Micro-Scale Deformation Aspects of Additively Fabricated Stainless Steel 316L under Compression

Materials (Basel). 2024 Jan 17;17(2):439. doi: 10.3390/ma17020439.


The deformation aspects associated with the micro-mechanical properties of the powder laser bed fusion (P-LBF) additively manufactured stainless steel 316L were investigated in the present work. Toward that, micro-pillars were fabricated on different planes of the stainless steel 316L specimen with respect to build direction, and an in situ compression was carried out inside the chamber of the scanning electron microscope (SEM). The results were compared against the compositionally similar stainless steel 316L, which was fabricated by a conventional method, that is, casting. The post-deformed micro-pillars on the both materials were examined by electron microscopy. The P-LBF processed steel exhibits equiaxed as well as elongated grains of different orientation with the characteristics of the melt-pool type arrangements. In contrast, the cast alloy shows typical circular-type grains in the presence of micro-twins. The yield stress and ultimate compressive stress of P-LBF fabricated steel were about 431.02 ± 15.51 - 474.44 ± 23.49 MPa and 547.78 ± 29.58 - 682.59 ± 21.59 MPa, respectively. Whereas for the cast alloy, it was about 322.38 ± 19.78 MPa and 477.11 ± 25.31 MPa, respectively. Thus, the outcome of this study signifies that the AM-processed samples possess higher mechanical properties than conventionally processed alloy of similar composition. Irrespective of the processing method, both specimens exhibit ductile-type deformation, which is typical for metallic alloys.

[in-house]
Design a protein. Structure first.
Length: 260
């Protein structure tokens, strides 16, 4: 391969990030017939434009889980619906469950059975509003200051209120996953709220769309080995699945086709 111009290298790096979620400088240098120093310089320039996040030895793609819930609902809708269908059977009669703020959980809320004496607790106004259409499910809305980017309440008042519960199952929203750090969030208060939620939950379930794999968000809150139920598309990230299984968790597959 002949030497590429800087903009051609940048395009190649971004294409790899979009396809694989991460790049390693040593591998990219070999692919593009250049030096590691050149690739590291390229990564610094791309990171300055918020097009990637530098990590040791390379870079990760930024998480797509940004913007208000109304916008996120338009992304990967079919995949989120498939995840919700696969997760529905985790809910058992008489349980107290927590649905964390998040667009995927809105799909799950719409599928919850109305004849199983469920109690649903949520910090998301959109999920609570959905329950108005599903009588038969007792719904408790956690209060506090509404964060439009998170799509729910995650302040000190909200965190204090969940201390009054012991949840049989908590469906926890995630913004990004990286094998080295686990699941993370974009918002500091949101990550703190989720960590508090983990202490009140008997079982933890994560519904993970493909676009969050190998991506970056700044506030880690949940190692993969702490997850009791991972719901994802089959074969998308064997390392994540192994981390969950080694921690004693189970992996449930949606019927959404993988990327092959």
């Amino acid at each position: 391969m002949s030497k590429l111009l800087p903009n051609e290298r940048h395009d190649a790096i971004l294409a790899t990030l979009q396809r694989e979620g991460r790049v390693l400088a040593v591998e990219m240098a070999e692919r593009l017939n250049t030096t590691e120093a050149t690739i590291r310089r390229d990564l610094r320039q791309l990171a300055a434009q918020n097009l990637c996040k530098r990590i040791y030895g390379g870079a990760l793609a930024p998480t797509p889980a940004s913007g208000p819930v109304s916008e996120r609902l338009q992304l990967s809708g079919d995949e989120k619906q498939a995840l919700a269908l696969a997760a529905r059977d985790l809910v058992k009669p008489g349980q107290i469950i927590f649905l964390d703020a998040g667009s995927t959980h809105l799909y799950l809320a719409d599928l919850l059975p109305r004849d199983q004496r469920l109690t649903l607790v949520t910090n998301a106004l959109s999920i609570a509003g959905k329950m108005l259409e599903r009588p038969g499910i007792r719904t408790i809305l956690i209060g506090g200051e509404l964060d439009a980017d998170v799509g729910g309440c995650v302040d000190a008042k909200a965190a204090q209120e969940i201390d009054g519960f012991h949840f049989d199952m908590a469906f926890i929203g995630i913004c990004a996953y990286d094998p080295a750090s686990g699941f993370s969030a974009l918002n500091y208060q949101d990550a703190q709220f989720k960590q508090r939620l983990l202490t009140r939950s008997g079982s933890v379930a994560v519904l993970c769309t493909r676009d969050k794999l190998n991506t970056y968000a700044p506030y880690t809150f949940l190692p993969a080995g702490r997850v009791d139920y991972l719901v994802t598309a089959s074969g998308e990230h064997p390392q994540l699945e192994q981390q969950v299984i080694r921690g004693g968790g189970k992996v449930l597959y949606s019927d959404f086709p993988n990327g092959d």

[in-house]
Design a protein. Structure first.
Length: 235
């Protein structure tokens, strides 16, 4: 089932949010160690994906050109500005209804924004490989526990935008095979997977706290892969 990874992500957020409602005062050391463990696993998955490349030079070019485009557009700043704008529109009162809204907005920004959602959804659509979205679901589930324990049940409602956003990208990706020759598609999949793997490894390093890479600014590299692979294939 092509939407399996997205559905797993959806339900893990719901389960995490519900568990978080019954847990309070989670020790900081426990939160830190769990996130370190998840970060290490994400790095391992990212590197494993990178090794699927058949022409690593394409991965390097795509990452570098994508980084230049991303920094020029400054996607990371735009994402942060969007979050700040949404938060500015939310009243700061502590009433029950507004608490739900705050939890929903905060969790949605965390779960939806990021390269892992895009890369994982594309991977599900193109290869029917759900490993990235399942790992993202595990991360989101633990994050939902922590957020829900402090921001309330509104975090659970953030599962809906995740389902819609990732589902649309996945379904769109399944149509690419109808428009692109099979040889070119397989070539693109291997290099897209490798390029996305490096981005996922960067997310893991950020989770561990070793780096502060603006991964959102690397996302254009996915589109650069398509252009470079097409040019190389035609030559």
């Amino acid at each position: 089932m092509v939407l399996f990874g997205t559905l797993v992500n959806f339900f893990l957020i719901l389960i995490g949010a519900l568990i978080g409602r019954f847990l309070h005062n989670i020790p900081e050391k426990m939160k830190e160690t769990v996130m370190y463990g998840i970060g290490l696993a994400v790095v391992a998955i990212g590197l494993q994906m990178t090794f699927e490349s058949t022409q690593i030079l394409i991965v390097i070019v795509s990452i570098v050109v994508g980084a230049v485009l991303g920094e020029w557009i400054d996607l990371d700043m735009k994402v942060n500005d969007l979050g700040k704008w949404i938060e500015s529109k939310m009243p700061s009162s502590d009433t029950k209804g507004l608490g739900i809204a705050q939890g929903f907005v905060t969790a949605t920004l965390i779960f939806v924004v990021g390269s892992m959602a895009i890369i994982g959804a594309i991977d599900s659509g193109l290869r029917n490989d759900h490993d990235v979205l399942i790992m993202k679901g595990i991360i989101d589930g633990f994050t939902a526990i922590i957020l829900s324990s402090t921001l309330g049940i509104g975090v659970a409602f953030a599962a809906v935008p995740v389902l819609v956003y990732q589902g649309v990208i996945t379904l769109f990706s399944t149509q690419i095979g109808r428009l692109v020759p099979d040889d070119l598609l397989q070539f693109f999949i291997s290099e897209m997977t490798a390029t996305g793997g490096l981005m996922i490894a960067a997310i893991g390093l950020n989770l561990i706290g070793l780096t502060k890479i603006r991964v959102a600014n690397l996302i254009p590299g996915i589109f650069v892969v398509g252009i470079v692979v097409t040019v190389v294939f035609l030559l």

Keywords: additive manufacturing; in situ compression; laser powder bed fusion; micro-pillar; microstructure; stainless steel 316L.

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This research received no external funding.